I have nothing against self-published people. I have nothing against “for the love” markets. However, I won’t be joining your ranks any time soon. For everyone that self-publishes in the right way (including getting their work actually edited) and for the right reasons (for example, to fill what they know to be a niche market), there are hundreds with too much time and money on their hands, churning out poorly edited (if edited at all) dreck tarnishing all self-publishing writers.

If writing was easy, everyone would do it. Uh oh. That may be the problem. The Internet and technology have given rise to a whole new class of “for the love” markets and self- (or vanity) published writers. Yes, there is a stigma attached to being published through PublishAmerica and the like. Live and learn.

There is quite the discussion going on over at Shocklines and another over on the Red Light District (and I will take this moment to once again declare my love for Tom Piccirilli). Relax, O sensitive, self-published writers and insecure, “for the love” market writers. We aren’t being condescending, we aren’t saying that you aren’t a real writer, we’re trying to pass on lessons we have learned. You claim to want to hear from pros who have “been there and done that” and possibly learn from their mistakes. Sometimes you are not going to like what they have to say (if their comments strike too close to home for mistakes you are making and currently justifying).

I’ve been blessed to have pros mentor me. I’ve also been smart enough to seek them out and (more importantly) listen to them. If there’s one thing being a member of HWA has done is drummed into my head three things:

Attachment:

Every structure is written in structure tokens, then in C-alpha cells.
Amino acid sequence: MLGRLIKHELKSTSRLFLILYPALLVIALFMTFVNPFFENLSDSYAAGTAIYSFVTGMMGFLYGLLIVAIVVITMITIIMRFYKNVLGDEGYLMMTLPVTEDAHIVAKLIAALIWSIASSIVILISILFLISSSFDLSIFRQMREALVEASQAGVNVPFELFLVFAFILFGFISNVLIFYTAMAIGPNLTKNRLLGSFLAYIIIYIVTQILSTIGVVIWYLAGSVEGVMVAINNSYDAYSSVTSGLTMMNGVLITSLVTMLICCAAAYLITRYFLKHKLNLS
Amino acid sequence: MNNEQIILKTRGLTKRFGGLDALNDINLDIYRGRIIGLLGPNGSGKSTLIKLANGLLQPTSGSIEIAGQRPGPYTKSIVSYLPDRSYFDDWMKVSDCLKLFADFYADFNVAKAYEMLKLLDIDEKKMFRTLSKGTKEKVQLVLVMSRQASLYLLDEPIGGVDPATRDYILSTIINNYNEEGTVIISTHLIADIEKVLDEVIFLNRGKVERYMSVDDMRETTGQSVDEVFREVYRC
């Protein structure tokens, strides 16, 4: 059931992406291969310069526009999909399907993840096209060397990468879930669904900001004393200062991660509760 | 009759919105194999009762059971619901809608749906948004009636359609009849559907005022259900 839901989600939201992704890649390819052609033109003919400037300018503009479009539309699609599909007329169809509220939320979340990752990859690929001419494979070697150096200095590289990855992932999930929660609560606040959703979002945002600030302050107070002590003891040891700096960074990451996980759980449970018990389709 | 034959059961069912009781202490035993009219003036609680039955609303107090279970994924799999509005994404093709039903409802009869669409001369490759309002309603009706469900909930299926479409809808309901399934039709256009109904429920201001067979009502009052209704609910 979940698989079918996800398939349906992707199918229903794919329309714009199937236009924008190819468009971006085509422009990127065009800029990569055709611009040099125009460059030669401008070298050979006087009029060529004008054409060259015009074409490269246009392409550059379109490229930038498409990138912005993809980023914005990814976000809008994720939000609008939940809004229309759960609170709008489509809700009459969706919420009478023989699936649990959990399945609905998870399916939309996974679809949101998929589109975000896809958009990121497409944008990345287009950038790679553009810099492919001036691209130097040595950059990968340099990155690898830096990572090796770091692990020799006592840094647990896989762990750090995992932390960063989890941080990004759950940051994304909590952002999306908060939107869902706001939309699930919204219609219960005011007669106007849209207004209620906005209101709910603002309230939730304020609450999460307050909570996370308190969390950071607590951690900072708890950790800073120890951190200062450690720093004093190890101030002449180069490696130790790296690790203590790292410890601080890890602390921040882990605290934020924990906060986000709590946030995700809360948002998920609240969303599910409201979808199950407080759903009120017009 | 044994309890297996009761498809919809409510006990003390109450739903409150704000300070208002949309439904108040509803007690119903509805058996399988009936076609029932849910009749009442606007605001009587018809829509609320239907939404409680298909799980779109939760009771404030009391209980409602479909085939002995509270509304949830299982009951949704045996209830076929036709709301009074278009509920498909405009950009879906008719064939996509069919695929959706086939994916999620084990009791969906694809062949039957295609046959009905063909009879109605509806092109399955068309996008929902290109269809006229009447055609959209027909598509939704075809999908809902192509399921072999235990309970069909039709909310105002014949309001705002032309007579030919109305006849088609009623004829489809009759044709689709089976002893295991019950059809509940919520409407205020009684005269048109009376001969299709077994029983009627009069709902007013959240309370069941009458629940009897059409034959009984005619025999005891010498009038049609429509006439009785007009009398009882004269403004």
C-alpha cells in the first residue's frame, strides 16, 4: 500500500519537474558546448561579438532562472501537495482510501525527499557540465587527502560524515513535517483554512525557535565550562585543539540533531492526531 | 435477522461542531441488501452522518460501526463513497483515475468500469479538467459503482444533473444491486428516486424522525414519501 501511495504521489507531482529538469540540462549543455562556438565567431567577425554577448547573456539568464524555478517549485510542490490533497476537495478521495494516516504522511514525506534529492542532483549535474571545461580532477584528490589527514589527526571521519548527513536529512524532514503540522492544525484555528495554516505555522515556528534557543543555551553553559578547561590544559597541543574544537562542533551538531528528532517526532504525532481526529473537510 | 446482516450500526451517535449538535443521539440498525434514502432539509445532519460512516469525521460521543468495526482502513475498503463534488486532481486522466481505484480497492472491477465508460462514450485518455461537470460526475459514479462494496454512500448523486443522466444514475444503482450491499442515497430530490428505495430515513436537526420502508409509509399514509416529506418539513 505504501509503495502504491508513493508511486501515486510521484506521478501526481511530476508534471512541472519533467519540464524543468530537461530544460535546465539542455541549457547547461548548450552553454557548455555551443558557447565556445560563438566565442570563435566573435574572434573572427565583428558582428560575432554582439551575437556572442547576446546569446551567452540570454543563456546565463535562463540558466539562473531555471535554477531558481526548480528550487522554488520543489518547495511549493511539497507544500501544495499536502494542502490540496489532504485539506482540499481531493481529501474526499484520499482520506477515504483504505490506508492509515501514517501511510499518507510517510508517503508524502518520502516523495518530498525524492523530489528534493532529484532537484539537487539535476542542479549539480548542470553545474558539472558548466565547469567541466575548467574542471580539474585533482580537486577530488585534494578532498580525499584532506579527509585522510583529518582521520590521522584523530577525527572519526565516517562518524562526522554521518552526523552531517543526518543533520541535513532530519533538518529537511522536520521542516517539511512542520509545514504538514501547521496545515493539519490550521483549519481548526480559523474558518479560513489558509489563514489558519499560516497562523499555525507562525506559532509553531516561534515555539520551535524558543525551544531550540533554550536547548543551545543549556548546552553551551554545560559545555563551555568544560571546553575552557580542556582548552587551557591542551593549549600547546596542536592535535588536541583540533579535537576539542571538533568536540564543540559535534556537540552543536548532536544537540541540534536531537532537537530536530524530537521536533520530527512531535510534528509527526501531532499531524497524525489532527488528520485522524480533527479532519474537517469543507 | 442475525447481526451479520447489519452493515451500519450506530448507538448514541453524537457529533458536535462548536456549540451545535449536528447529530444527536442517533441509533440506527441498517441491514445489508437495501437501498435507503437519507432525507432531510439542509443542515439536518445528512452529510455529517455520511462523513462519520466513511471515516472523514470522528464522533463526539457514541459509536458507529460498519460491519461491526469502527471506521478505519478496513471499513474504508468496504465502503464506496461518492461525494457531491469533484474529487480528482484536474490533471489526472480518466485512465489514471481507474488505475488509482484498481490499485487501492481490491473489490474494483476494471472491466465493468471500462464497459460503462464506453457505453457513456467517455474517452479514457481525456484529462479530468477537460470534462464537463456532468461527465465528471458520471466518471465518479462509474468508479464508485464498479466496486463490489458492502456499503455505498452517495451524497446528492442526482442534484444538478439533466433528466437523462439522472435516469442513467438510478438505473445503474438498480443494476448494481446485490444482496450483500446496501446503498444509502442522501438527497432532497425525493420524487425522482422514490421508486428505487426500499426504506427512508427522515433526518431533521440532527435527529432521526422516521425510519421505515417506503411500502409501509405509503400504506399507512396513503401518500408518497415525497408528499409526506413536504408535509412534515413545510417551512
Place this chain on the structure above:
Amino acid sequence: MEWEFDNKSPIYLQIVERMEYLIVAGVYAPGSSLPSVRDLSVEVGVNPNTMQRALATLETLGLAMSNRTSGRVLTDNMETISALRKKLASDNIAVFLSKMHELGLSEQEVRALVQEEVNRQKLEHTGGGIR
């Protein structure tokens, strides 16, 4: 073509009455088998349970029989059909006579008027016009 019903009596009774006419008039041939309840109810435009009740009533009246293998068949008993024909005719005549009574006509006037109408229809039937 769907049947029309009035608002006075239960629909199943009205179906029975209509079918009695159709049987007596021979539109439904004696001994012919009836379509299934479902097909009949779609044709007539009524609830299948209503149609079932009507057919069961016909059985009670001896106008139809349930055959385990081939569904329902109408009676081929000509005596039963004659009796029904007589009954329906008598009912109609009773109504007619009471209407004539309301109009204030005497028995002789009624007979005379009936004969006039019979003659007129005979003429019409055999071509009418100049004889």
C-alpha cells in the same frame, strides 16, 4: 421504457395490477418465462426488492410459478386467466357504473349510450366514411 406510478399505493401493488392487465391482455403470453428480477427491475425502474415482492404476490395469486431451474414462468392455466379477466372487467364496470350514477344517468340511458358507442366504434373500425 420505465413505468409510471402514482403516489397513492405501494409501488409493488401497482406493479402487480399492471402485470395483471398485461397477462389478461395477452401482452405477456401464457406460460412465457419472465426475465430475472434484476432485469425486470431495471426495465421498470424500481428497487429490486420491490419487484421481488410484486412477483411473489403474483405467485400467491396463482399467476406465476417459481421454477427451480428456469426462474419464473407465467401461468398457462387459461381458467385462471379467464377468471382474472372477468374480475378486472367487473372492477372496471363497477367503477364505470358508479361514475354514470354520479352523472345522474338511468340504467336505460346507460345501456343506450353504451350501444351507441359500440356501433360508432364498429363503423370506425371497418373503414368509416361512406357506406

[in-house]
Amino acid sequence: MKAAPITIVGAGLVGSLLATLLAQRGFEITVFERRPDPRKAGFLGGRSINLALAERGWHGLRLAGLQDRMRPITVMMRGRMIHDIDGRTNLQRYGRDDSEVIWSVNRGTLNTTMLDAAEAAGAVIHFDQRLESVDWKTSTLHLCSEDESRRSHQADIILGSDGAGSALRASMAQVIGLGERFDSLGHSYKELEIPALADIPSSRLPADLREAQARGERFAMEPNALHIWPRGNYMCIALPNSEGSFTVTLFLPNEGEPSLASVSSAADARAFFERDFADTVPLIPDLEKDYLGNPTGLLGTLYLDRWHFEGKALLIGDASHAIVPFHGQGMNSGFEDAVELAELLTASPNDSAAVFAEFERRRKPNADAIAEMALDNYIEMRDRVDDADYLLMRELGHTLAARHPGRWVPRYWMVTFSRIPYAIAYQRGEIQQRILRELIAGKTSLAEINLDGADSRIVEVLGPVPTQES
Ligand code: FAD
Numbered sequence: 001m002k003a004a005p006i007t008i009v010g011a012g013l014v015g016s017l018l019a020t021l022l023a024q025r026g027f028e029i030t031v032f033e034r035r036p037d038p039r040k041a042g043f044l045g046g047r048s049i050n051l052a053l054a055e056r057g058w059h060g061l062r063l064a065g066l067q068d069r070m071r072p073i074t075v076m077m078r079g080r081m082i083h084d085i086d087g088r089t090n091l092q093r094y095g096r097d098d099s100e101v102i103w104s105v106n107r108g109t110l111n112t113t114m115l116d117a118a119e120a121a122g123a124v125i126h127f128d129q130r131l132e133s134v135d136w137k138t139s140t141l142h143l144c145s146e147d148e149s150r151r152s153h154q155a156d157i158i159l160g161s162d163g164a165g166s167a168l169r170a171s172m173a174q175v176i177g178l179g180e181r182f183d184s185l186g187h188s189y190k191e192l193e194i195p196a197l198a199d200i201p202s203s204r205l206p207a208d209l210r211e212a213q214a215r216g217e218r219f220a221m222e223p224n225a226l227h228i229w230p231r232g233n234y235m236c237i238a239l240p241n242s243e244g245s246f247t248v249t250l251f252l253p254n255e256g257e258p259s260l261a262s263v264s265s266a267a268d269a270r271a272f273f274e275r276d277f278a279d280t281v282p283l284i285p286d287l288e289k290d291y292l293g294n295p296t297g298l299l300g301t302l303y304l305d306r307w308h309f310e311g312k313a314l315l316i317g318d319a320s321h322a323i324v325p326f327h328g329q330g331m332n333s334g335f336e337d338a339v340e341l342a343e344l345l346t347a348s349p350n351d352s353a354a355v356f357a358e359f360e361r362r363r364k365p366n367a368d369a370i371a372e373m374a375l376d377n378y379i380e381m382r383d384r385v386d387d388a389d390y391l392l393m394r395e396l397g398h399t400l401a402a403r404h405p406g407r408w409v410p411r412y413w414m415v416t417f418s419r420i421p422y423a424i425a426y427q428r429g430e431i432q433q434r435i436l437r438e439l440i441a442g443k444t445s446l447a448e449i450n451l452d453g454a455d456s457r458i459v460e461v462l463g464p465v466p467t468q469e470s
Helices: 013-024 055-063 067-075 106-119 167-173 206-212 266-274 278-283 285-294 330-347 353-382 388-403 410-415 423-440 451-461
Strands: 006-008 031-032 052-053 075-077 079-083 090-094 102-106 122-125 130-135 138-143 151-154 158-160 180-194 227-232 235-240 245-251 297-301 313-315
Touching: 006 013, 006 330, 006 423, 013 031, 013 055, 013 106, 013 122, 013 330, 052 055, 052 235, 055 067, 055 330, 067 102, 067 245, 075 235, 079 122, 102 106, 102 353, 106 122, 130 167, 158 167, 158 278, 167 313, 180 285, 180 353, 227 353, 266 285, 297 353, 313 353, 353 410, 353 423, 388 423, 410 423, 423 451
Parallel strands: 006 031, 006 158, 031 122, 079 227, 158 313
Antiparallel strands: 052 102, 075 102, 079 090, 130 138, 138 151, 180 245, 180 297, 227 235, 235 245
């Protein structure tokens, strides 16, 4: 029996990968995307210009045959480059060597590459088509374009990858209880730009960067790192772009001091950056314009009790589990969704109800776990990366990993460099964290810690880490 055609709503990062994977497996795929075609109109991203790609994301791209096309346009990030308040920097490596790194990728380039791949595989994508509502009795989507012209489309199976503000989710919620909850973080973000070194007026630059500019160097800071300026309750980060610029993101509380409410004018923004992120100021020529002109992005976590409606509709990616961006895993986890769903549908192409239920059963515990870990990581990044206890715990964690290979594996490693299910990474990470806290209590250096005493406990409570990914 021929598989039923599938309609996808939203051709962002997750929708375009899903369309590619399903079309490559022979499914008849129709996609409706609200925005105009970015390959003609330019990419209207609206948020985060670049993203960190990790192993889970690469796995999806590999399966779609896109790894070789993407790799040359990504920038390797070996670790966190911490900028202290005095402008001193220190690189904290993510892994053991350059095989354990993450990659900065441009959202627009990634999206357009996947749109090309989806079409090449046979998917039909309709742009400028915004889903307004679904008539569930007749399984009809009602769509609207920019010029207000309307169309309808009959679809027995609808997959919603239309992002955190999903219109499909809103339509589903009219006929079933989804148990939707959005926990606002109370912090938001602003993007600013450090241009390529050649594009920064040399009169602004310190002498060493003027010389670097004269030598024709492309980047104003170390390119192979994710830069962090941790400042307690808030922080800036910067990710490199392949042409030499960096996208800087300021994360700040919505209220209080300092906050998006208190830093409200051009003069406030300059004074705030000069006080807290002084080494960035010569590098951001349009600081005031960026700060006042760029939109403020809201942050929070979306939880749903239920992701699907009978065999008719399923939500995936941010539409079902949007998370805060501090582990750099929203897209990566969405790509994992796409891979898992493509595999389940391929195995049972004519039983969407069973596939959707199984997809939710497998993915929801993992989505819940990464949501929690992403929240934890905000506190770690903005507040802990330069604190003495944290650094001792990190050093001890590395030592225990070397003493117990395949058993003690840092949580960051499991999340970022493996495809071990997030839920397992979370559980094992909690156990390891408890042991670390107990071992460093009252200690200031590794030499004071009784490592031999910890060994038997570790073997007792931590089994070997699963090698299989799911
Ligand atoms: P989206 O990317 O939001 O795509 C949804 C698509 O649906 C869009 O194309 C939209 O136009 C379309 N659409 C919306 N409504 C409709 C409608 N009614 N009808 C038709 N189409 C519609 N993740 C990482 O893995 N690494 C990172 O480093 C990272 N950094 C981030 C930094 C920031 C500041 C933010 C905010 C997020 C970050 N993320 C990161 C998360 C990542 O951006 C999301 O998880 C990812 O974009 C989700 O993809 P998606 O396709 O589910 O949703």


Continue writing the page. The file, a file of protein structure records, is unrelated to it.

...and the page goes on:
-writers deserve to be paid
-money flows to the writer
-rarely is exposure instead of money a good idea

It took me a little over a year to get my first sale
. It was another four before I had sales two through five (part of that, however, points to my lack of dedication to my writing career). After that, I started getting regularly published (and much more disciplined about writing). So I understand the desire to see your name in print or where have you. We pour our hearts and soul onto the page and we want some form of validation.

Those of you who want to work on your craft in the small/“for the love” presses, I commend you for wanting to hone your work. You can still do so by submitting your stories to the largest/best markets first.` Working out your craft in exposure only markets usually means you are exposing your crap which wasn’t ready to be published. It will only become your “porn past” that you won’t want to talk about when you start getting regularly published.

This only applies if you’re serious about being a writer. If you just want to see your name in print or simply be a self-published martyr, carry on. Nothing to see here.

I don’t have time to always check the comments all the places where this rant is posted. If you want to make sure that I see it or just want to stop by and say hi, do so on my message board. I apologize in advance for some of my regulars.